Tuesday, January 14, 2020

SpaceCamp

***DISCLAIMER*** The following review is entirely my opinion. If you comment (which I encourage you to do) be respectful. If you don't agree with my opinion (or other commenters), that's fine. To each their own. These reviews are not meant to be statements of facts or endorsements, I am just sharing my opinions and my perspective when watching the film and is not meant to reflect how these films should be viewed. Finally, the reviews are given on a scale of 0-5. 0, of course, being unwatchable. 1, being terrible. 2, being not great. 3, being okay. 4, being great and 5, being epic! And if you enjoy these reviews feel free to share them and follow the blog or follow me on Twitter (@RevRonster) for links to my reviews and the occasional live-Tweet session of the movie I'm watching! It's a bummer that there wasn't a Jock Camp across the lake for the Space Camp kids to battle and defeat after being shamed by the athletic jocks.



SpaceCamp – 2 out of 5

SpaceCamp was a film I saw in my youth and I only remember some bits and pieces of it.  Mainly, I remember a weird looking robot and a scene where one character is sent flying away from the shuttle and potentially being lost in the endless void of space—which unnerved me greatly as a child.  I haven’t watched it since those days and, for some reason, I was reminded of it and decided to give it a shot now that I am older.  I really didn’t care for it.

In space...no one can hear you scream...for ice cream.

"Hi, welcome to Space Camp.  Yes, my shorts are
ridiculous but they are the fashion norm of this time."
Four nerds (ha ha, I’m kidding.  I’m also a nerd) travel to Cape Canaveral in Florida for the time of their lives!  A three week Space Camp program where they get to learn all about NASA and get to see what it is like to be an astronaut under the tutelage of trained astronaut Andie Bergstrom (Kate Capshaw).  Kathryn (Lea Thompson) is training to be a pilot, Kevin (Tate Donovan) is destined to become a commander of a space operation, Rudy (Larry B. Scott) digs science but isn’t the best at it, Tish (Kelly Preston) is the Valley Girl of the group but the Valley Girl who is a genius and has a perfect memory, and Max is the super smart and super eager 12 year old who finally convinces Andie to be a part of the main camp rather than the Junior Camp.  While they train, Max befriends the advanced sentient robot of NASA named Jinx (voiced by Frank Welker).  While the group is learning about how a shuttle would launch, Jinx arranged for the ship to actually have a booster ignite and Launch Control is forced to launch the shuttle so it doesn’t cause a catastrophic accident.  Now Andie, the teens, and Max are trapped in space with very little oxygen and now must use what little training they experienced in order to get themselves back to the surface of the planet.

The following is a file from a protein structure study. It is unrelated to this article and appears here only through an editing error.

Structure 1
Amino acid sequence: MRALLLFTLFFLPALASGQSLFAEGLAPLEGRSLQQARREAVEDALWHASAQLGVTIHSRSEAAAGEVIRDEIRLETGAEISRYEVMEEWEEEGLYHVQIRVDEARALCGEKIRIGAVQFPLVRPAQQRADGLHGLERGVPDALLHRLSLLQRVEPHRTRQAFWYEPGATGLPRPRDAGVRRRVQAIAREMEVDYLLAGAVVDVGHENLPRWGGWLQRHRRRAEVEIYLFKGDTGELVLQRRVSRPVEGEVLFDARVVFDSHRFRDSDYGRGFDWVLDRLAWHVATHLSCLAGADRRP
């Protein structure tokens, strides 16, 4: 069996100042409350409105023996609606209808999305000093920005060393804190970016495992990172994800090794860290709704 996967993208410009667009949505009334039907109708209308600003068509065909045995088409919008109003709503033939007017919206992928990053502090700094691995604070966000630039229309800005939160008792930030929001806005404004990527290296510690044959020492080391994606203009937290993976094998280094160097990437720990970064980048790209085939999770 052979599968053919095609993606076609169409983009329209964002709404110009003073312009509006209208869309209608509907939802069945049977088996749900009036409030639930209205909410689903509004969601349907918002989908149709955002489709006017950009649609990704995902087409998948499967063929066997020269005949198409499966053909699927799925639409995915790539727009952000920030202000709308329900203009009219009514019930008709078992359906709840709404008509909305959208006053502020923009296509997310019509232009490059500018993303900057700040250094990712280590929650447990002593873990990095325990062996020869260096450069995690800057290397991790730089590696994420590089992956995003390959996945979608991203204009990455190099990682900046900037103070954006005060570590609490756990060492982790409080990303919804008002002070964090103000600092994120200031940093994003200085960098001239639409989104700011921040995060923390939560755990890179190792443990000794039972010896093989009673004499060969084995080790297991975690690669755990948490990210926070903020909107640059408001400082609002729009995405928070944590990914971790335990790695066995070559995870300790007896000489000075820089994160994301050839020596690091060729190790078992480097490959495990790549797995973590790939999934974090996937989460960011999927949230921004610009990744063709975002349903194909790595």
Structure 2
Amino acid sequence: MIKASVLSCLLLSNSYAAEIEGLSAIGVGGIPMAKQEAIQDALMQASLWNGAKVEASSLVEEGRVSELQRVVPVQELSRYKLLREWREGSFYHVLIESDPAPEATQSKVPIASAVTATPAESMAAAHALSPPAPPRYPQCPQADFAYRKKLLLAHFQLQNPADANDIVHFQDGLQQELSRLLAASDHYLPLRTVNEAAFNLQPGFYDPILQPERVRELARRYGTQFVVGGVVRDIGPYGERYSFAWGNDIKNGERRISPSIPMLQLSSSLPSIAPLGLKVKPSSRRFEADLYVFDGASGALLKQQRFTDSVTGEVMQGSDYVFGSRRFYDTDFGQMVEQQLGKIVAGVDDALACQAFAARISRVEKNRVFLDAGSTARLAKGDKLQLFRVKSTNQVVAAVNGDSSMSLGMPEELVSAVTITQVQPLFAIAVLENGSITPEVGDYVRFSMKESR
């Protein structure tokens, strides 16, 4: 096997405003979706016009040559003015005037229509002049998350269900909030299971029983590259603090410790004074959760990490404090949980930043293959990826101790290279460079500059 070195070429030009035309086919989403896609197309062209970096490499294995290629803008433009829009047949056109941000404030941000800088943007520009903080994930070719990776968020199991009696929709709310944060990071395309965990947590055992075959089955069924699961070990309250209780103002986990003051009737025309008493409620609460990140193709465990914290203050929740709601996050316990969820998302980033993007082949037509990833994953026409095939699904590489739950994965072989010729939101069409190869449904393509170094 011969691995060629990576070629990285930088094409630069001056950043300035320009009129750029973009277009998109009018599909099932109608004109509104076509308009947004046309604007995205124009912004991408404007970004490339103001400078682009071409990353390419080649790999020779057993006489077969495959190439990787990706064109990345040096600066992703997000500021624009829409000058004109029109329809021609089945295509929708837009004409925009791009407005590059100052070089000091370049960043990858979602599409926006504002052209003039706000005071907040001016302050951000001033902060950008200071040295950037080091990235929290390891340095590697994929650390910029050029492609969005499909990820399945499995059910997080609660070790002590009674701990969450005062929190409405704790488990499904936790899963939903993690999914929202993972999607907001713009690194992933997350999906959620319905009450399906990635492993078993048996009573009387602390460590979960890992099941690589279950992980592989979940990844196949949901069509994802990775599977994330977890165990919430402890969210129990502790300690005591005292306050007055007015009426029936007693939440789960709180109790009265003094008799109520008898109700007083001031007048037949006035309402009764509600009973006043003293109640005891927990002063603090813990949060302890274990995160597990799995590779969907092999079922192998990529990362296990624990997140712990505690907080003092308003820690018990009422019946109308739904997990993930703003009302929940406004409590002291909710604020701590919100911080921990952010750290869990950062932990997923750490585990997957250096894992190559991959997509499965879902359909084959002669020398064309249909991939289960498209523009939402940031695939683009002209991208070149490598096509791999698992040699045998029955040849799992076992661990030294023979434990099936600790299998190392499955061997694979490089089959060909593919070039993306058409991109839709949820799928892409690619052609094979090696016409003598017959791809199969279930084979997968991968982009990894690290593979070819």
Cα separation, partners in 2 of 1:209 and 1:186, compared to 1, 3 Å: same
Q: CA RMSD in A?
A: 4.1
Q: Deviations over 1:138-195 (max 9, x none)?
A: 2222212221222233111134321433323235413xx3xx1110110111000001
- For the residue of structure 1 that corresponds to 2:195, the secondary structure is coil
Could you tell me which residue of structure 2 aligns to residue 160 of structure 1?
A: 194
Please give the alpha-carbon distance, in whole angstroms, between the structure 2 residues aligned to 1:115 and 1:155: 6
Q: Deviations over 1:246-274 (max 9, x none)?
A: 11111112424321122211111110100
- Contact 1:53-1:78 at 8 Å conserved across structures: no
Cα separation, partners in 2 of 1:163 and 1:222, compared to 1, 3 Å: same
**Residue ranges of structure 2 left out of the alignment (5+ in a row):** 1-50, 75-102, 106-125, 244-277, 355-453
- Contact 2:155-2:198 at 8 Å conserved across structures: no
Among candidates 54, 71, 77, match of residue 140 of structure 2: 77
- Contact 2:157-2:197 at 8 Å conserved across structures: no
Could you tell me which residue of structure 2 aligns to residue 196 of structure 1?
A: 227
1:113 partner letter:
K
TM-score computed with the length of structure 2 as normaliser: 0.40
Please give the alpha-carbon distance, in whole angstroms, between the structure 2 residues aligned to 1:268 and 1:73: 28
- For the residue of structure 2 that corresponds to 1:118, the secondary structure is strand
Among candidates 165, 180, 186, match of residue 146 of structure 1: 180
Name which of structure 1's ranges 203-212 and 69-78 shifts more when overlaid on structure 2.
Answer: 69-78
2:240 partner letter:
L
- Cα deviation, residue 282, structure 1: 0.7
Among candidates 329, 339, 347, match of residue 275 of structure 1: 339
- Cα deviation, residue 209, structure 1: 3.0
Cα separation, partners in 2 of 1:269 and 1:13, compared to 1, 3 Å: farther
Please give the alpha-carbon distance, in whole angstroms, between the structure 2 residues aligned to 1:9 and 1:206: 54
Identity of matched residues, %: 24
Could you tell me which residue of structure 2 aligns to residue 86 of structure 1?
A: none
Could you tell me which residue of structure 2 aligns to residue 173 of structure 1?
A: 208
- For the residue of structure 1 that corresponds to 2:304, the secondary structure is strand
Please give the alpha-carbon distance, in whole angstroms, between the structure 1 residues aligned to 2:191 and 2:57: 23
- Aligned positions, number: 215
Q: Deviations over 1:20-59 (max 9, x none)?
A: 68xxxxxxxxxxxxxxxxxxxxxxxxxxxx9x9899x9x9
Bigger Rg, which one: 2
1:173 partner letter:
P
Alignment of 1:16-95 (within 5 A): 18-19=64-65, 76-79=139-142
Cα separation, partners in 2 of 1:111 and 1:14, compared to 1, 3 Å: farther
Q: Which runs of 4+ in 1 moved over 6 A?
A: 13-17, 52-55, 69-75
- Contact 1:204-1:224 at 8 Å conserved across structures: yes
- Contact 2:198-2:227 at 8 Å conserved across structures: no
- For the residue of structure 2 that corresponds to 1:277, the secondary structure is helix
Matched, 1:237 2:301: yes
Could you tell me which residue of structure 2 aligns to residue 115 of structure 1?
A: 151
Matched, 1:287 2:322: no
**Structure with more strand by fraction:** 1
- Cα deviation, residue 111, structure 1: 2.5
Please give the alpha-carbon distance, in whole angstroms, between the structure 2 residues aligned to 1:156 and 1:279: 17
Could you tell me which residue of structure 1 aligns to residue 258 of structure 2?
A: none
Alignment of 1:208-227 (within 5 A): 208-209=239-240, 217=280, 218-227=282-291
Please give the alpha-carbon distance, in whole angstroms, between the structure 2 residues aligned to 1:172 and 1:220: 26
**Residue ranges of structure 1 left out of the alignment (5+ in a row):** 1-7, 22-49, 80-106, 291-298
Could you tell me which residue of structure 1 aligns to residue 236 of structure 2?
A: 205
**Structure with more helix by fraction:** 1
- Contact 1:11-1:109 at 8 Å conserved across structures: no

Stop staring towards the sky like a doofus.  Tom Skerritt is standing right next to you!

"I'm off to see if there's life on Mars!"
"That's the moon, you idiot!"
Re-watching SpaceCamp now (which is timely because Disney just announce they are going to reboot it), I honestly wasn’t too impressed with it.  It isn’t an overtly bad movie but it wasn’t one I could really get invested in.  The cast is decent and the concept is fine but it just didn’t have that extra “umph” to really grab my attention.  Ultimately, I think a big reason for this is due to how fast the pacing feels.  The story comes across like the kids arrive at camp, spend a very short amount of time doing Space Camp stuff, and then they are off into space.  Then, almost as fast as they got there, they are brought back to Earth and then the credits roll.  I really never got a sense that they were ever in any real danger nor did I really get a sense of who the characters were beyond some superficial attributes that are established during their introductions.  The pacing definitely feels like it is not only robbing the product of a sense of danger but also a sense of who these characters are in a real deep and meaningful way.

And one day this young child would go on to be the idol of millions of incels and
his abusive ways of "method acting" will be considered brilliant by snobs.

It would be a little too easy and a tad unfair to go after the film’s effects and scientific accuracy.  For the most part, the special effects of the time hold up but this mostly concerns the shuttle in space.  The “weightlessness” shown in the film is a little silly because a lot of it looks like the characters are just standing on their toes and lightly dipping themselves up and down for a weightless appearance.  This is almost as silly as the fact the two characters who go out on a spacewalk suddenly talk in slow motion due to, I guess, the vacuum of space.  Also, there is the sentient robot NASA made and the fact it can convince their computer AI to alter safety protocols in order to force a launch is a bit goofy—but that is a tad nitpicky.  Other movies have set up their central point of conflict in far more ridiculous ways.

I hope in the reboot Disney is making Jinx is sending them to space to die.
That'll be some real stakes!

SpaceCamp is fairly harmless fluff (one that, sadly, had the ill-timed release date a few months after the Challenger disaster) but it is harmless fluff that just didn’t entertain me.  With flat characters and pacing that felt too fast, I just couldn’t get into this one and it made me realize why I remember so little about this film from when I watched it as a child.

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